## Example 1 on Calculating Acceleration: A Subway Train Speeding Up

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Suppose the train in the (a) part of the figure above accelerates from rest to 30.0 km/h in the first 20.0 s of its motion. What is its average acceleration during that time interval?

**Strategy**

It is worth it at this point to make a simple sketch:

This problem involves three steps. First we must determine the change in velocity, then we must determine the change in time, and finally we use these values to calculate the acceleration.

**Solution**

1. Identify the knowns. \(v_0 = 0\) (the trains starts at rest), \(v_{\text{f}} = 30.0\text{ km/h},\) and \(\Delta t = 20.0\text{ s}.\)

2. Calculate \(\Delta v.\) Since the train starts from rest, its change in velocity is \(\Delta v = +30.0\text{km/h},\) where the plus sign means velocity to the right.

3. Plug in known values and solve for the unknown, \(\bar{a}.\)

\(\bar{a} = \cfrac{\Delta v}{\Delta t} = \cfrac{+30.0\text{ km/h}}{20.0\text{ s}}\)

4. Since the units are mixed (we have both hours and seconds for time), we need to convert everything into SI units of meters and seconds. (See the lesson on unit conversion or more guidance.)

\(\bar{a} = \left ( \cfrac{+30\text{ km/h}}{20.0\text{ s}} \right ) \left ( \cfrac{10^3\text{ m}}{1\text{ km}} \right ) \left ( \cfrac{1\text{ h}}{3600\text{ s}} \right ) = 0.417\mathrm{\; m/s^2}\)

**Discussion**

The plus sign means that acceleration is to the right. This is reasonable because the train starts from rest and ends up with a velocity to the right (also positive). So acceleration is in the same direction as the *change* in velocity, as is always the case.

## Example 2 on Calculating Acceleration: A Subway Train Slowing Down

Now suppose that at the end of its trip, the train in the (a) part of the figure above slows to a stop from a speed of 30.0 km/h in 8.00 s. What is its average acceleration while stopping?

**Strategy**

In this case, the train is decelerating and its acceleration is negative because it is toward the left. As in the previous example, we must find the change in velocity and the change in time and then solve for acceleration.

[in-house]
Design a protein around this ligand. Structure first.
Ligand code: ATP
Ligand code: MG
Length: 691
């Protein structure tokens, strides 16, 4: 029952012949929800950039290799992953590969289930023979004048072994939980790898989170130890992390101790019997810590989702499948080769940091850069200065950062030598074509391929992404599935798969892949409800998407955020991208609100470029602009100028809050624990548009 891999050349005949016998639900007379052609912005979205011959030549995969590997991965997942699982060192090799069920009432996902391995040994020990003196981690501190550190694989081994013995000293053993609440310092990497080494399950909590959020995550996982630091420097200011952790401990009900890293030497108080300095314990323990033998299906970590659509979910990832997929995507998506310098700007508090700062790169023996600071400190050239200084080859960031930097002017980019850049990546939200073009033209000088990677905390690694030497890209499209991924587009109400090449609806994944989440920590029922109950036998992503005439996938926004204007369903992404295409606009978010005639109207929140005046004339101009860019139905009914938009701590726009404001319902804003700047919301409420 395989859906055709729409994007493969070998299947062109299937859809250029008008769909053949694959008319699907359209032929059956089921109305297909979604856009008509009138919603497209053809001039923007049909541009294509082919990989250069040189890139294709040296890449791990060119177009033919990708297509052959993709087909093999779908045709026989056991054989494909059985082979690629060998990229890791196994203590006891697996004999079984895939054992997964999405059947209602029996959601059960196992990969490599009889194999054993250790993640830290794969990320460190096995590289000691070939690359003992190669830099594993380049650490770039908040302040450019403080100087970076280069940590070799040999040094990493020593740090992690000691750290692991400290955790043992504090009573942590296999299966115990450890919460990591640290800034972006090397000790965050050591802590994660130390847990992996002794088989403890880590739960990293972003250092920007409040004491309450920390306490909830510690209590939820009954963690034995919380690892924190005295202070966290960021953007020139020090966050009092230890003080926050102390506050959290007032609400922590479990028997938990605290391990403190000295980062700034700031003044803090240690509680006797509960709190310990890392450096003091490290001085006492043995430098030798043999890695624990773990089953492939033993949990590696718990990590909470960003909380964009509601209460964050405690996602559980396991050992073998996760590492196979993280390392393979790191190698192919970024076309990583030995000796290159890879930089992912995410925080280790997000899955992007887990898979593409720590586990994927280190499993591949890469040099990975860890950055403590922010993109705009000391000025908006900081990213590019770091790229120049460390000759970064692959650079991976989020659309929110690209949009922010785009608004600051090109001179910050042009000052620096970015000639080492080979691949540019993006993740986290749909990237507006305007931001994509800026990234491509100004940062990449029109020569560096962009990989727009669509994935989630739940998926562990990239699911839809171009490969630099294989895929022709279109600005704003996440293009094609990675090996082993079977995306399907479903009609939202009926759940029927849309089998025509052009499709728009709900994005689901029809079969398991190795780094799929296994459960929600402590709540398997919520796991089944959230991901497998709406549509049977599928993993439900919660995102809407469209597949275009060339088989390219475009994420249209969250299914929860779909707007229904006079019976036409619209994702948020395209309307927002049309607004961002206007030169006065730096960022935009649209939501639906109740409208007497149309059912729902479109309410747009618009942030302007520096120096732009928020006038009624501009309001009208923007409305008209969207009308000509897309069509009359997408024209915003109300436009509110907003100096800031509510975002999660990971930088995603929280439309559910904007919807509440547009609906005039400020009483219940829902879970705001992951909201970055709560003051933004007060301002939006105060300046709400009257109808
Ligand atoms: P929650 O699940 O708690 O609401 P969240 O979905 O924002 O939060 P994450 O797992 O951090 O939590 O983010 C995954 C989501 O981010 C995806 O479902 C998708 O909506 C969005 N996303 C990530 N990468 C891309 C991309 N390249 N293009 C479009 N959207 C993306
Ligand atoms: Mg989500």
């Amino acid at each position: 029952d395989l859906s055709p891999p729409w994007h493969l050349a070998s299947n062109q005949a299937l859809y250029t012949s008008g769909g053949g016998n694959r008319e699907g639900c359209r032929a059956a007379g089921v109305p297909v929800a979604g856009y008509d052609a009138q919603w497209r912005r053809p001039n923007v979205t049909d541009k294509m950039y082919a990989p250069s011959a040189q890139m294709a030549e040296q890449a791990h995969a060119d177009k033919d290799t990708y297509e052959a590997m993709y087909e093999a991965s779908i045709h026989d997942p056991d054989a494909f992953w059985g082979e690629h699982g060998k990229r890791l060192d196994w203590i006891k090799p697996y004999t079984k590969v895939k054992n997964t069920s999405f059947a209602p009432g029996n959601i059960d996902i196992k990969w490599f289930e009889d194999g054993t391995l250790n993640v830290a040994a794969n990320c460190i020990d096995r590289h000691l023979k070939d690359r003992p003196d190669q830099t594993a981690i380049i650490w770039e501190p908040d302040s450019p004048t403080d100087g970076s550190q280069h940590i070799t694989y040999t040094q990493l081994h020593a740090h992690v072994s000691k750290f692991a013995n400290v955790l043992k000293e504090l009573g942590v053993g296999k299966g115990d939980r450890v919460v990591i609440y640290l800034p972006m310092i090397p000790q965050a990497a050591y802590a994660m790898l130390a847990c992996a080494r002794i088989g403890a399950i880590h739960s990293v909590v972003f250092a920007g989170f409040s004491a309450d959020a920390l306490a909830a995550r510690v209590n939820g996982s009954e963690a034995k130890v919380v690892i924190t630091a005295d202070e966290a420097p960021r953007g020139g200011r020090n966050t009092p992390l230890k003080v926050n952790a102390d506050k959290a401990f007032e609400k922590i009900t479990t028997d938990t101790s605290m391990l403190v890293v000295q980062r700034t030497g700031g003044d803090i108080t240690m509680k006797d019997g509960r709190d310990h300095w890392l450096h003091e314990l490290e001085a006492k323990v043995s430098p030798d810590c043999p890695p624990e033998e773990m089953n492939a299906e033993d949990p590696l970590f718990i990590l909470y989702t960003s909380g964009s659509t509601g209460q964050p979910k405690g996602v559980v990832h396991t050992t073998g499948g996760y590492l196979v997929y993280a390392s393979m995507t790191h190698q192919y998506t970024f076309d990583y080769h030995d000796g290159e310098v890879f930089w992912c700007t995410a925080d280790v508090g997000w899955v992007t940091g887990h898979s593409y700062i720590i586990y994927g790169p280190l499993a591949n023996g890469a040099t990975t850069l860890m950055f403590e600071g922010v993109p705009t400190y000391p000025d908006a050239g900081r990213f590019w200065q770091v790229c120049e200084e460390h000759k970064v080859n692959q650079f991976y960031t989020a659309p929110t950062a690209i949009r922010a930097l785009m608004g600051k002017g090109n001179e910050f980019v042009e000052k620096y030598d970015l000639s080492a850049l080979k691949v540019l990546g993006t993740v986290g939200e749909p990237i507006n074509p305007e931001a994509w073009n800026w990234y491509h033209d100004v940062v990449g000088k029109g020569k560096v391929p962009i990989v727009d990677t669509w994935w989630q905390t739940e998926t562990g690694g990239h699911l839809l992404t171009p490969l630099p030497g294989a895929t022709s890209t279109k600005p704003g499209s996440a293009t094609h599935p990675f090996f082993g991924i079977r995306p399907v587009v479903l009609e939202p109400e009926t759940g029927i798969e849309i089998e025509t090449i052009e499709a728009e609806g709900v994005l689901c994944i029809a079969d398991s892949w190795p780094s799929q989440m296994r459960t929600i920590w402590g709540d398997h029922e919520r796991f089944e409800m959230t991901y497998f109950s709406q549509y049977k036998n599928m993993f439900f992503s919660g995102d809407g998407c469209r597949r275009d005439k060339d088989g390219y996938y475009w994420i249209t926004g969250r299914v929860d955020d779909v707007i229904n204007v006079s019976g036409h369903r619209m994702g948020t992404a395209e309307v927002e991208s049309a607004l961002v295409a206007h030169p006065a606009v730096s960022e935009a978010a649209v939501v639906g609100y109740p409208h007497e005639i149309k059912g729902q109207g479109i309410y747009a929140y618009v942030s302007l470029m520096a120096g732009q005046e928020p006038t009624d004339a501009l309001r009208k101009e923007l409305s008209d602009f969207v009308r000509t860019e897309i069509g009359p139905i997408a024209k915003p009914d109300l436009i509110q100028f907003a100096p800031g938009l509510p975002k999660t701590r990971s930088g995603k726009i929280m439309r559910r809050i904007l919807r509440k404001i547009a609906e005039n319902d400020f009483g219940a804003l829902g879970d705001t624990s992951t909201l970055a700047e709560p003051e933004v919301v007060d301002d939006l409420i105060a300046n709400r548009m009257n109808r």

**Solution**

1. Identify the knowns. \(v_0 = 30.0\text{ km/h}, v_{\text{f}} = 0\text{ km/h}\) (the train is stopped, so its velocity is 0), and \(\Delta t = 8.00\text{ s}.\)

2. Solve for the change in velocity, \(\Delta v.\)

\(\Delta v = v_{\text{f}} \; – \; v_0 = 0 \; – \; 30.0\text{ km/h} = -30.0\text{ km/h}\)

3. Plug in the knowns, \(\Delta v\) and \(\Delta t,\) and solve for \(\bar{a}.\)

\(\bar{a} = \cfrac{\Delta v}{\Delta t} = \cfrac{-30.0\text{ km/h}}{8.00\text{ s}}\)

4. Convert the units to meters and seconds.

\(\bar{a} = \cfrac{\Delta v}{\Delta t} = \left ( \cfrac{-30\text{ km/h}}{8.00\text{ s}} \right ) \left ( \cfrac{10^3\text{ m}}{1\text{ km}} \right ) \left ( \cfrac{1\text{ h}}{3600\text{ s}} \right ) = -1.04\mathrm{\; m/s^2}\)

**Discussion**

The minus sign indicates that acceleration is to the left. This sign is reasonable because the train initially has a positive velocity in this problem, and a negative acceleration would oppose the motion. Again, acceleration is in the same direction as the *change* in velocity, which is negative here. This acceleration can be called a deceleration because it has a direction opposite to the velocity.

The graphs of position, velocity, and acceleration vs. time for the trains in example 1 and example 2 above are displayed in the figure below (We have taken the velocity to remain constant from 20 to 40 s, after which the train decelerates.)